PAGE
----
Hundreds of computers in Ukraine have been infected with data-wiping Windows malware, say researchers at ESET.
In a series of tweets on Wednesday, the infosec biz said it picked up its first sample of the software nasty at about 1500 UTC, and believes the code has been in the works for the past two months.
“ESET telemetry shows that it was installed on hundreds of machines in the country,” the biz stated.
We’re told the data wiper is cryptographically signed with a legit, and presumably stolen, developer certificate to persuade antivirus tools and users to trust it. The malware uses drivers from a partitioning program to corrupt storage devices and destroy files on infected systems, according to ESET.
It’s not entirely clear right now how the malware is dropped onto victims’ machines and run, though in one case, said ESET, an organization’s Active Directory server was probably compromised to distribute the wiper through the network via a group policy object.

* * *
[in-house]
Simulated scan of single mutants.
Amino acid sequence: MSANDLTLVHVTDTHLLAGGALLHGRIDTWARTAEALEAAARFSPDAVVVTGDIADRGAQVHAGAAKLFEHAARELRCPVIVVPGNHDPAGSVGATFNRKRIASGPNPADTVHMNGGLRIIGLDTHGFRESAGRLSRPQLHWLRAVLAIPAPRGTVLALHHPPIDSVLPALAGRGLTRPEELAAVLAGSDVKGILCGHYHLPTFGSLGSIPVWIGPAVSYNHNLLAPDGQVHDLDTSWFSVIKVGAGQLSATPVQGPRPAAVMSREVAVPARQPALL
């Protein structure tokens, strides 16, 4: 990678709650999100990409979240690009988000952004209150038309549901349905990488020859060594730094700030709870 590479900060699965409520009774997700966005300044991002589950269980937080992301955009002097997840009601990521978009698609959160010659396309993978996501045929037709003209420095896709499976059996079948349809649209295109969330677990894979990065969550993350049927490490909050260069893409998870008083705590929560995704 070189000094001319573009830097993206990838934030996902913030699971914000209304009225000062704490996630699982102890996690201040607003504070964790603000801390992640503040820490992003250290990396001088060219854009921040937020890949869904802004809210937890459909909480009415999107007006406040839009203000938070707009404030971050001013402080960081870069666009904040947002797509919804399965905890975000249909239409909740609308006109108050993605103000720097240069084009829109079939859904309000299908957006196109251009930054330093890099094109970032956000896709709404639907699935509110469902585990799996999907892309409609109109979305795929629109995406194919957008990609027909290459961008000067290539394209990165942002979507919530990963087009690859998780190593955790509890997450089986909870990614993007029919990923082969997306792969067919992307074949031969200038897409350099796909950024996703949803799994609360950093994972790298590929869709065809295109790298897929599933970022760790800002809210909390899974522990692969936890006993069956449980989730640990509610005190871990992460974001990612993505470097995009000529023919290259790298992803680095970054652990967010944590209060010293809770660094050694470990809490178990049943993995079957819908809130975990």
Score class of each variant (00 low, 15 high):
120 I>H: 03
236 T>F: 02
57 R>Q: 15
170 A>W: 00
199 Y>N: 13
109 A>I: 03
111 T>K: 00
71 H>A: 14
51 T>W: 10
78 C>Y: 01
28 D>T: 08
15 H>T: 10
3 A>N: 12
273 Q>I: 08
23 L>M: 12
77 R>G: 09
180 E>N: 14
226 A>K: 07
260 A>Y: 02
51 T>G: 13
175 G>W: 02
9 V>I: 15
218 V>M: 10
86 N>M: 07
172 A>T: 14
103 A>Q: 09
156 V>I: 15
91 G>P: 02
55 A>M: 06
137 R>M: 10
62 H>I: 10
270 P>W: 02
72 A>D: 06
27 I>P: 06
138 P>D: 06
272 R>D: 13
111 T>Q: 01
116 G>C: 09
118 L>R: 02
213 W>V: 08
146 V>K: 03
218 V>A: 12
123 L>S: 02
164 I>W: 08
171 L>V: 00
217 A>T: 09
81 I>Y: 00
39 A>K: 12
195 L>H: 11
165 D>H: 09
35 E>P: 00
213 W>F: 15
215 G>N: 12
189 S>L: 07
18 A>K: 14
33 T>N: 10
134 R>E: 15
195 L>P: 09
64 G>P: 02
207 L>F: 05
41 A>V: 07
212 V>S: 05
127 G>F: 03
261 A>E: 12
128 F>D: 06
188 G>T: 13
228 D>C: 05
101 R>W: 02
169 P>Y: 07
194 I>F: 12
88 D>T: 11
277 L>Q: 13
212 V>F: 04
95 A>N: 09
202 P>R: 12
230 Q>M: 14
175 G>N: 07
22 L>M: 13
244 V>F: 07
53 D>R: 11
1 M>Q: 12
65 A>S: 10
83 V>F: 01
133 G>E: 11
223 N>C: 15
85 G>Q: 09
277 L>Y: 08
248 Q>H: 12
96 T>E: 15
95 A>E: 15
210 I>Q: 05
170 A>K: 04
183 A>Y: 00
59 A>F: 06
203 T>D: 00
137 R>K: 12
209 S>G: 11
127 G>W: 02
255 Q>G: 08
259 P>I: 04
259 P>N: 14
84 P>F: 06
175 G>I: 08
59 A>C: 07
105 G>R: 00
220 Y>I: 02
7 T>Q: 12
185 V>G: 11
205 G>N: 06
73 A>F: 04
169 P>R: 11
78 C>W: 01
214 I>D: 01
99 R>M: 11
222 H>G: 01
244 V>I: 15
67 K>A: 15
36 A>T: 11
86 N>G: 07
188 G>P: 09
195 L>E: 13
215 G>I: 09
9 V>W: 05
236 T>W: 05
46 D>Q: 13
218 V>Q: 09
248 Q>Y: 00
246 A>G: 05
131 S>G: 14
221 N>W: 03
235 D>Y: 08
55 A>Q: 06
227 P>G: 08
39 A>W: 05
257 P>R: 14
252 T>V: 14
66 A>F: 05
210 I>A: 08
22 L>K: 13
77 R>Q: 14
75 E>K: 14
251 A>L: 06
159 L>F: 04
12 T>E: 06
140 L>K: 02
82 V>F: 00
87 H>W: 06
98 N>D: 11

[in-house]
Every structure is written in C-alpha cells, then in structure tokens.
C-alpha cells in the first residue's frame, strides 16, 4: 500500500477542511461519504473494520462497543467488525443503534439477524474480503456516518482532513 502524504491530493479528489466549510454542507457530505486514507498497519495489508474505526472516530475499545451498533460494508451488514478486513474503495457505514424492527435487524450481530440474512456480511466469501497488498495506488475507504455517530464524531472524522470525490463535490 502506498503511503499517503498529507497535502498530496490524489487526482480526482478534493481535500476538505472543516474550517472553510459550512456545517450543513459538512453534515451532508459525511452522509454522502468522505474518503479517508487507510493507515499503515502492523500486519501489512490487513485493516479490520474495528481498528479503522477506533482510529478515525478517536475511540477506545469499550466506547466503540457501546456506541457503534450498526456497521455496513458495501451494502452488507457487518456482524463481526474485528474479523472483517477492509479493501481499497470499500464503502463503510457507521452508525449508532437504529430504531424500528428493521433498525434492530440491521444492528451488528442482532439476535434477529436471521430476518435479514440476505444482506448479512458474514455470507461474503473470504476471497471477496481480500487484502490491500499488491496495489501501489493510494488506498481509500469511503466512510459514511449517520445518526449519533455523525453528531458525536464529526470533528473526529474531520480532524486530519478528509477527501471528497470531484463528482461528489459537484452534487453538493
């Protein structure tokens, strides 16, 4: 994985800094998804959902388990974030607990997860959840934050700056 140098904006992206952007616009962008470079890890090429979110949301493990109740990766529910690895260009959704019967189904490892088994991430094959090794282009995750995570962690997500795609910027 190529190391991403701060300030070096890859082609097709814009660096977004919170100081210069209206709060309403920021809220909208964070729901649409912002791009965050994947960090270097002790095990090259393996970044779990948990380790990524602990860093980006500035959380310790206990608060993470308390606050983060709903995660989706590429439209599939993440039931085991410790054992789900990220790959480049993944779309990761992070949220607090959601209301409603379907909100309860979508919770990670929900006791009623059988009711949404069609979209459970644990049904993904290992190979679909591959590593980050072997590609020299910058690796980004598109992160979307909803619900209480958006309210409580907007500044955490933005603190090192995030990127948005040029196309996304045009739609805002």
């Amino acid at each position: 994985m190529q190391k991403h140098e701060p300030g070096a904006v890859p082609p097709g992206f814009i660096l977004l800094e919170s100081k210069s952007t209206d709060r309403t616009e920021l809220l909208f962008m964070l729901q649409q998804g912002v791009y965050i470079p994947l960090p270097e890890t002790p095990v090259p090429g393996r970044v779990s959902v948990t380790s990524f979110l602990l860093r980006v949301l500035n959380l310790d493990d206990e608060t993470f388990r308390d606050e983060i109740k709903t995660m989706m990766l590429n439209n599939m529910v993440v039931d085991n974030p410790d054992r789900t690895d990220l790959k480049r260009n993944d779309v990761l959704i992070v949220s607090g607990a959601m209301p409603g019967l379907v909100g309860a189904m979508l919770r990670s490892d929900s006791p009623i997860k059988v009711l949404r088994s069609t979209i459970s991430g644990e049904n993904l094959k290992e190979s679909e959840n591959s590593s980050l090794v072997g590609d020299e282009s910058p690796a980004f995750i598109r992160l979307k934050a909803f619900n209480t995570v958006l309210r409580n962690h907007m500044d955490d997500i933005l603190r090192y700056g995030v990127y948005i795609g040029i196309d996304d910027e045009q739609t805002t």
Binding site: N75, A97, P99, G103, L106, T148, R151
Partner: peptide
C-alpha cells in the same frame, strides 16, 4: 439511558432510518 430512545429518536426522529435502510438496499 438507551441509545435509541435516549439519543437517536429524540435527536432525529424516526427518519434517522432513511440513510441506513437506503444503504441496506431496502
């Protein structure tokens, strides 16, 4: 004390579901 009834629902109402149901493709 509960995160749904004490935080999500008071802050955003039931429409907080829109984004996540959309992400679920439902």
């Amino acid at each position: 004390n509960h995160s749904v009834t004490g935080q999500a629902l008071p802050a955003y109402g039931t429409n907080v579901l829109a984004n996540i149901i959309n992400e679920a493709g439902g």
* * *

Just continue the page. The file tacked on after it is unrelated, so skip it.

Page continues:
ESET dubbed the nasty Win32/KillDisk.NCV. It’s understood the code not only wipes files from the drive, it also nukes the MBR, making booting and recovery difficult or impossible thereafter.
This comes as various Ukrainian websites were disrupted to varying degrees by denial-of-service attacks, and Britain’s National Cyber Security Centre warned of a new Kremlin-linked strain of malware that appears to